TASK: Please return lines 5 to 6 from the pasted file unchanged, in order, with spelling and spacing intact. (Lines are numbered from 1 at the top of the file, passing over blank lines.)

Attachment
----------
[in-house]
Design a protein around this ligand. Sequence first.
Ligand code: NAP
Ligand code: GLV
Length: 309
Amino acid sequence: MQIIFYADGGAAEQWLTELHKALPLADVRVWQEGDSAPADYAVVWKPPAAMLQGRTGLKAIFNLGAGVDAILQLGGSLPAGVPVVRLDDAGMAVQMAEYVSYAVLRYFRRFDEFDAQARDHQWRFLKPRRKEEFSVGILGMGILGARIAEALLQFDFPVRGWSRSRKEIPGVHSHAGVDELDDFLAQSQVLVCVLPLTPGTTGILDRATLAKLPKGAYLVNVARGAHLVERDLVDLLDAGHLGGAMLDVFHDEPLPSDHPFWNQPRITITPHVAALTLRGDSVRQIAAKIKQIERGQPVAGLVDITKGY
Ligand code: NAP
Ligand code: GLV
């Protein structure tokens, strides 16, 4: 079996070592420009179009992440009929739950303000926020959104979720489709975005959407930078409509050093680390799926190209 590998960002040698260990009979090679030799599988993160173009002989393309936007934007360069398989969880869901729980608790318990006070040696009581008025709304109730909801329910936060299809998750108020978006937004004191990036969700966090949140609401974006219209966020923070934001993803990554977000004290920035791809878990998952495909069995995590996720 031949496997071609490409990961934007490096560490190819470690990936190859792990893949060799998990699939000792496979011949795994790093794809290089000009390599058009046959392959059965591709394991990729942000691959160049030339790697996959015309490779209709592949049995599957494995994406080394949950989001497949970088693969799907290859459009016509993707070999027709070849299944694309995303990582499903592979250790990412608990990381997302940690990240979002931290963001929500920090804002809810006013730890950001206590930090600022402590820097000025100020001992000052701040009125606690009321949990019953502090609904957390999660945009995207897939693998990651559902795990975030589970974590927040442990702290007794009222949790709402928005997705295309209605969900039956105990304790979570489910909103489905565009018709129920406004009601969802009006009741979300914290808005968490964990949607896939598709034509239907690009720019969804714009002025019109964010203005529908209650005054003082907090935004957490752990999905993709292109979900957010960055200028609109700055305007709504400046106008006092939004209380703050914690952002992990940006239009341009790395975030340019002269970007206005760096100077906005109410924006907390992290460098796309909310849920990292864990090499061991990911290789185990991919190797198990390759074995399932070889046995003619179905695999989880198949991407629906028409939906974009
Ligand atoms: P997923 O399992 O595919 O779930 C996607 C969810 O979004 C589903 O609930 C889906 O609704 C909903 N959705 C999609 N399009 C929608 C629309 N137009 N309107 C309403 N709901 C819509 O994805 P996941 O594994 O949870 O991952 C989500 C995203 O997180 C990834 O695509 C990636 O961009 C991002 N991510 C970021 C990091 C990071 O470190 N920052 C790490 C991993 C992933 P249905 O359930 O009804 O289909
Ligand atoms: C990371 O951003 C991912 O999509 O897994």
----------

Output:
Length: 309
Amino acid sequence: MQIIFYADGGAAEQWLTELHKALPLADVRVWQEGDSAPADYAVVWKPPAAMLQGRTGLKAIFNLGAGVDAILQLGGSLPAGVPVVRLDDAGMAVQMAEYVSYAVLRYFRRFDEFDAQARDHQWRFLKPRRKEEFSVGILGMGILGARIAEALLQFDFPVRGWSRSRKEIPGVHSHAGVDELDDFLAQSQVLVCVLPLTPGTTGILDRATLAKLPKGAYLVNVARGAHLVERDLVDLLDAGHLGGAMLDVFHDEPLPSDHPFWNQPRITITPHVAALTLRGDSVRQIAAKIKQIERGQPVAGLVDITKGY